Wright v. State

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582 S.W.2d 845 (1979)

Thomas Berry WRIGHT, Appellant, v. The STATE of Texas, Appellee.

No. 57992.

Court of Criminal Appeals of Texas, Panel No. 2.

June 27, 1979.

*846 Michael D. Byck, Lawrence B. Mitchell, Dallas, for appellant.

Henry Wade, Dist. Atty., Jayne Wilson, Robert Hinton and John Tatum, Asst. Dist. Attys., Dallas, Robert Huttash, State's Atty., Austin, for the State.




Thomas Berry Wright appeals his conviction for aggravated assault. Punishment, enhanced by two prior convictions, was assessed at life.

Wright contends that the prosecutor made improper jury arguments, that the court erred in denying his motion to quash the indictment and in overruling his objections to the charge. He also challenges the sufficiency of the evidence. We overrule the contentions and affirm.

Prior to midnight on the evening of May 25, 1977, Dallas Police Officers Paul Fletcher and R. K. Ferguson responded to a call concerning a disturbance at an apartment complex. When they arrived at the apartments, they observed four individuals, including Wright, at the top of a flight of stairs. Fletcher approached them from around a building, turned a corner and called out, "Police Officer, freeze." Wright pulled a pistol from his pocket, pointed it at Fletcher and pulled the trigger three times. The pistol did not discharge. Wright fled but was subsequently apprehended. The pistol was not recovered.

Wright contends the evidence is insufficient because the State failed to prove that the "firearm" was not an antique or curio manufactured prior to 1899. Wright relies on the "firearm" definition in Section 46.01 of the Penal Code which excludes "antique or curio firearms that were manufactured prior to 1899." In Jackson v. State, 575 S.W.2d 567 (Tex.Cr.App.1979), a prosecution under Section 46.06, we held that the State was not required to prove that the firearm did not meet this antique or curio exception. The logic of Jackson applies here; we see no reason for the State to prove the exception in a prosecution for aggravated assault. Since the evidence is otherwise sufficient, this ground of error is overruled.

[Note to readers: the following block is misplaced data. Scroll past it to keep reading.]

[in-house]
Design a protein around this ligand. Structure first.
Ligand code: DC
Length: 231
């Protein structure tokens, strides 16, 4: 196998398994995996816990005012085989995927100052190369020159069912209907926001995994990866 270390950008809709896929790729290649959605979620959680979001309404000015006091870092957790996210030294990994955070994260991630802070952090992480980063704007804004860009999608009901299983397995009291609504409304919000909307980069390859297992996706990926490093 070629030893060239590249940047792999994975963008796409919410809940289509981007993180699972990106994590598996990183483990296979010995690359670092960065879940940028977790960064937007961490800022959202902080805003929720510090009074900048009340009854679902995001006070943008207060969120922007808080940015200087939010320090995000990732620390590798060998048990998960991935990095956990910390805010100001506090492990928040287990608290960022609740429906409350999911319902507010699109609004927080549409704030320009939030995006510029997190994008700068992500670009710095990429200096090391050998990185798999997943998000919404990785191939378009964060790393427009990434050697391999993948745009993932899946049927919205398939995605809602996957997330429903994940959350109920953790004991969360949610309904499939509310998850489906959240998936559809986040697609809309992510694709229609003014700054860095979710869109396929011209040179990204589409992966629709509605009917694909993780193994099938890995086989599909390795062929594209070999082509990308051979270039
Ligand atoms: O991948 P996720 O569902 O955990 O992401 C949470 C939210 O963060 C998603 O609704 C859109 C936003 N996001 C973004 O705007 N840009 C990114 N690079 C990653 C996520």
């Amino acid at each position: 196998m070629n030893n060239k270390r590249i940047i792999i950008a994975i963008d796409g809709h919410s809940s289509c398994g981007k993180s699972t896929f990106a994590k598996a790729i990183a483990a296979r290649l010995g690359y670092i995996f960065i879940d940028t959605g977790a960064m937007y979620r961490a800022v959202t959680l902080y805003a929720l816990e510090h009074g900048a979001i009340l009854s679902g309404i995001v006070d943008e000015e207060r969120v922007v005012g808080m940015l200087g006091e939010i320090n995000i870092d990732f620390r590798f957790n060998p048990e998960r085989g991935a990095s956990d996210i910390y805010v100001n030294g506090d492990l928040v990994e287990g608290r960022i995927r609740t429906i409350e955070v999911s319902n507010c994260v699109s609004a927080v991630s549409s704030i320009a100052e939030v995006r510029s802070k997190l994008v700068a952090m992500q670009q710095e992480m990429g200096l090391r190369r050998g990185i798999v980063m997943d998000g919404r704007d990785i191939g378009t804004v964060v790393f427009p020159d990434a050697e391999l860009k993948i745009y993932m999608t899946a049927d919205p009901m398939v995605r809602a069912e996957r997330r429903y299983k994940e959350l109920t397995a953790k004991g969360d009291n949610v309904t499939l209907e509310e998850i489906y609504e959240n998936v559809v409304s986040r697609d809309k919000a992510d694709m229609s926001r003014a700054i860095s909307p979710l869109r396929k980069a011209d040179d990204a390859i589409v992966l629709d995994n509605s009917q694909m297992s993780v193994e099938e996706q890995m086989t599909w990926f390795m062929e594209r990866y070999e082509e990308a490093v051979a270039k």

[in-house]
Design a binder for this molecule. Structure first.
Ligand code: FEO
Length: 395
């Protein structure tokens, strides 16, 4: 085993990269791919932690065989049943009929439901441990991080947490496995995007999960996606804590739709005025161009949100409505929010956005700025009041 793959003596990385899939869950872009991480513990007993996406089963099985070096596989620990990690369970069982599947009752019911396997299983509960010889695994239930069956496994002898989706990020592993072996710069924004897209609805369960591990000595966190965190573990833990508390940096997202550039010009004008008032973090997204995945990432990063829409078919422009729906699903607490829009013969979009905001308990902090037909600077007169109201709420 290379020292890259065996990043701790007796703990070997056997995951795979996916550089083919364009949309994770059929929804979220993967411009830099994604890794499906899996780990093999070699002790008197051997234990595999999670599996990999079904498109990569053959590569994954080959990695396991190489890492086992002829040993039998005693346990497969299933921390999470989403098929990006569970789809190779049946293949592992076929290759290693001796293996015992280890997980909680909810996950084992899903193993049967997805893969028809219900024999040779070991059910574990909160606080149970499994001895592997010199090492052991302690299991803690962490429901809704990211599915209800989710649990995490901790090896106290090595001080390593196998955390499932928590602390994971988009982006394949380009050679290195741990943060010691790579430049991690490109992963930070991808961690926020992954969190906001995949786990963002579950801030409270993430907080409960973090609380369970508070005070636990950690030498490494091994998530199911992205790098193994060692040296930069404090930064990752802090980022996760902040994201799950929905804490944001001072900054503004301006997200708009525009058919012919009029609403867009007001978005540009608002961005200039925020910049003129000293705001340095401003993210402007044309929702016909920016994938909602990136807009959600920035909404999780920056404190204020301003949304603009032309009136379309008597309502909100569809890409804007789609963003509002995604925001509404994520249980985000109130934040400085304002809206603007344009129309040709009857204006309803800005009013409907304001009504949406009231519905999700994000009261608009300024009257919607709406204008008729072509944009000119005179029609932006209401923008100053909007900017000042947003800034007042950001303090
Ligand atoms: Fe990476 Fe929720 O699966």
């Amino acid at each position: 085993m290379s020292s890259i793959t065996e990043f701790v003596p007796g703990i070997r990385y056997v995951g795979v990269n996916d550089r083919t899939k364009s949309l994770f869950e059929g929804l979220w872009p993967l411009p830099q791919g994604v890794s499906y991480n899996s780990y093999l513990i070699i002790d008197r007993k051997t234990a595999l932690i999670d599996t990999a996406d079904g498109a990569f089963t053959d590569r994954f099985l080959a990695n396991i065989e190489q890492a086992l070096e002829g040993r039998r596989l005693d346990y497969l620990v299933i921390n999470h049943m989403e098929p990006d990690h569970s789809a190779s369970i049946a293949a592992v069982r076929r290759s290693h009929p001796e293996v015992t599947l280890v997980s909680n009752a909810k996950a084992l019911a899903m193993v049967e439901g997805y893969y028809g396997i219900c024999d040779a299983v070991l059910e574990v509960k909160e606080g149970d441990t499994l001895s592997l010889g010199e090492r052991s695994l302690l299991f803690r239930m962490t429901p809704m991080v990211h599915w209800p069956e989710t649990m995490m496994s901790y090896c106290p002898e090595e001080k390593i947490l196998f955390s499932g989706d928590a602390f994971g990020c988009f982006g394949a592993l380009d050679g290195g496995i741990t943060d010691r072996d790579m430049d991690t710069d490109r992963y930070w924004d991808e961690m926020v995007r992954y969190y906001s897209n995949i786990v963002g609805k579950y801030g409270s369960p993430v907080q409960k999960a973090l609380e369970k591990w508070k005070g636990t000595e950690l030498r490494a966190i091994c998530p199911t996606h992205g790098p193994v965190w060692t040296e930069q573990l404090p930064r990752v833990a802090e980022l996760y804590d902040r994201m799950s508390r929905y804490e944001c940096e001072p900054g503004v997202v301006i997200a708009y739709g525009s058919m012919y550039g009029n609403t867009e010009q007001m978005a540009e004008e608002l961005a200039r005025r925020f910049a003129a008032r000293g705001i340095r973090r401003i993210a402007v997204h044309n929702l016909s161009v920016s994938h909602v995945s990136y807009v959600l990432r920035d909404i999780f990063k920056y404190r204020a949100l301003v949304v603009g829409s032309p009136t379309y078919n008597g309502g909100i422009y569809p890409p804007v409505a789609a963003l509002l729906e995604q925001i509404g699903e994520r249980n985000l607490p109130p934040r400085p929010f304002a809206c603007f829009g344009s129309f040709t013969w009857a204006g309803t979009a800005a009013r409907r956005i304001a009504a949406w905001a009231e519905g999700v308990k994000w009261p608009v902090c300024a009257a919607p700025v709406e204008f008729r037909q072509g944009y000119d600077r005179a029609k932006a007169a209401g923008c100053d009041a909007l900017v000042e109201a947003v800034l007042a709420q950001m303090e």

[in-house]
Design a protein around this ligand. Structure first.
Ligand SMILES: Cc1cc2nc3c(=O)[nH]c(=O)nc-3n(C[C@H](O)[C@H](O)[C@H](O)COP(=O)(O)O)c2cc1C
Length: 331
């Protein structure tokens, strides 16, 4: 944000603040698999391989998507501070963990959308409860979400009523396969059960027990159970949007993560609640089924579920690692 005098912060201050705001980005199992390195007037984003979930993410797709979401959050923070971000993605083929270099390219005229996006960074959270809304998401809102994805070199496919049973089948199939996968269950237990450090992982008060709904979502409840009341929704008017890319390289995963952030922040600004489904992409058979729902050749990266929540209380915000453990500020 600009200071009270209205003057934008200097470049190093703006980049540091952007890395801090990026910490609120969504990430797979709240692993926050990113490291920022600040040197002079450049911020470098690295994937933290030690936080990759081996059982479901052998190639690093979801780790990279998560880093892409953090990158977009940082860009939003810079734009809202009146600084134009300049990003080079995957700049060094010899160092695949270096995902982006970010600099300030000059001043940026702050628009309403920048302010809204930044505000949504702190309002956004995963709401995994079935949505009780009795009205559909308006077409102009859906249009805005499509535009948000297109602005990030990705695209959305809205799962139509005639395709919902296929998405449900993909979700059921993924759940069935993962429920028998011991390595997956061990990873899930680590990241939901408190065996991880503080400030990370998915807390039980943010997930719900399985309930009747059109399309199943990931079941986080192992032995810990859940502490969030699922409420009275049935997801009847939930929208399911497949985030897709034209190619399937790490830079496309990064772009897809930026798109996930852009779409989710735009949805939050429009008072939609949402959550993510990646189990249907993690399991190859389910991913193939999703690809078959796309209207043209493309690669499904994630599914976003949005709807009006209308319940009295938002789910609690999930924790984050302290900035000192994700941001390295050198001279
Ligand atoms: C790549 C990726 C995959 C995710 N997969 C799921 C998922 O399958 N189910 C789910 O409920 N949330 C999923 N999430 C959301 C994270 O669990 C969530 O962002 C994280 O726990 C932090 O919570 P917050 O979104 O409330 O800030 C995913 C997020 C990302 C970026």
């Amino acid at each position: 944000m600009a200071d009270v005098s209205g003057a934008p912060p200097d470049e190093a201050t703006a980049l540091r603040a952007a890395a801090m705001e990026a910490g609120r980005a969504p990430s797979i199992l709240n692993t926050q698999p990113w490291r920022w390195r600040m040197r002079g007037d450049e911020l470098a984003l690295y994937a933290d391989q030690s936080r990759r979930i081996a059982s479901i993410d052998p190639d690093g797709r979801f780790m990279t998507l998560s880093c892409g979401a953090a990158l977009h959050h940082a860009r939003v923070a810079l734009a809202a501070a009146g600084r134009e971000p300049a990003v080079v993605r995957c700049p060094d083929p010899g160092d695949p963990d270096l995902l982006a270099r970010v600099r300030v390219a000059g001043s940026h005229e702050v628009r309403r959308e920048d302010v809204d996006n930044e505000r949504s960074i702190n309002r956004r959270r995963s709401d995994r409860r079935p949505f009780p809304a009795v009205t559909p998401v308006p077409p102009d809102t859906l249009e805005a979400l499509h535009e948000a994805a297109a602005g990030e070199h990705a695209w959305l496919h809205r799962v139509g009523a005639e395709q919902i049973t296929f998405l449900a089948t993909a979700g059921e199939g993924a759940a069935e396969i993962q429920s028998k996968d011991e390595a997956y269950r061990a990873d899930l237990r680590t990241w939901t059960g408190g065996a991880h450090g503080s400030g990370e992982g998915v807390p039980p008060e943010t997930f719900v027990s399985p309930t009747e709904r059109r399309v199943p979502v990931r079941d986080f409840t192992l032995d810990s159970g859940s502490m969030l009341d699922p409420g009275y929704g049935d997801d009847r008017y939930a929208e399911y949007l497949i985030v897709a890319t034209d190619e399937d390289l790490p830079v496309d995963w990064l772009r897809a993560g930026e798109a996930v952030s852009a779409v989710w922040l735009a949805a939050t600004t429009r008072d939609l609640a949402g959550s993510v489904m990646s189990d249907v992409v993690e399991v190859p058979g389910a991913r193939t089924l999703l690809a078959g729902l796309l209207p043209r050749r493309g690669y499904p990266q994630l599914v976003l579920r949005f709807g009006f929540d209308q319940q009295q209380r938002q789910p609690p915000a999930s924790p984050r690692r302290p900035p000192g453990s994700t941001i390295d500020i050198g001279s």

He also contends that the indictment and charge must embody the antique and curio exception. In O'Briant v. State, 556 S.W.2d 333 (Tex.Cr.App.1977), we held that an aggravated robbery indictment was sufficient, even in the face of a motion to quash, if it alleged "firearm" without any further definition. Because the State need not prove that the firearm is not an antique or curio, we hold the indictment and charge do not have to include that definition.

Wright contends the prosecution made the following argument based on facts outside the record:

"... You know this Defense lawyer had the benefit of that offense report for cross examination. Now the Defendant may suggest to you that there's some giant conspiracy in the Dallas Police Department against this man right here and that these two officers made all this up. If the Defendant tries to sell you that, you ask yourselves, `Well, I wonder why something didn't come up about any discrepancies in the way it was put down on the offense report immediately thereafter and the way you heard it from the witness stand today.' "MR. BYCK: I object to that, Your Honor. He's arguing outside the record."

The offense report was not introduced into evidence.

Counsel may make comments upon the evidence. This necessarily includes the right to comment upon what logically would be put into evidence. No error is shown.

*847 Complaint is also made that the following argument constitutes a comment on Wright's failure to testify: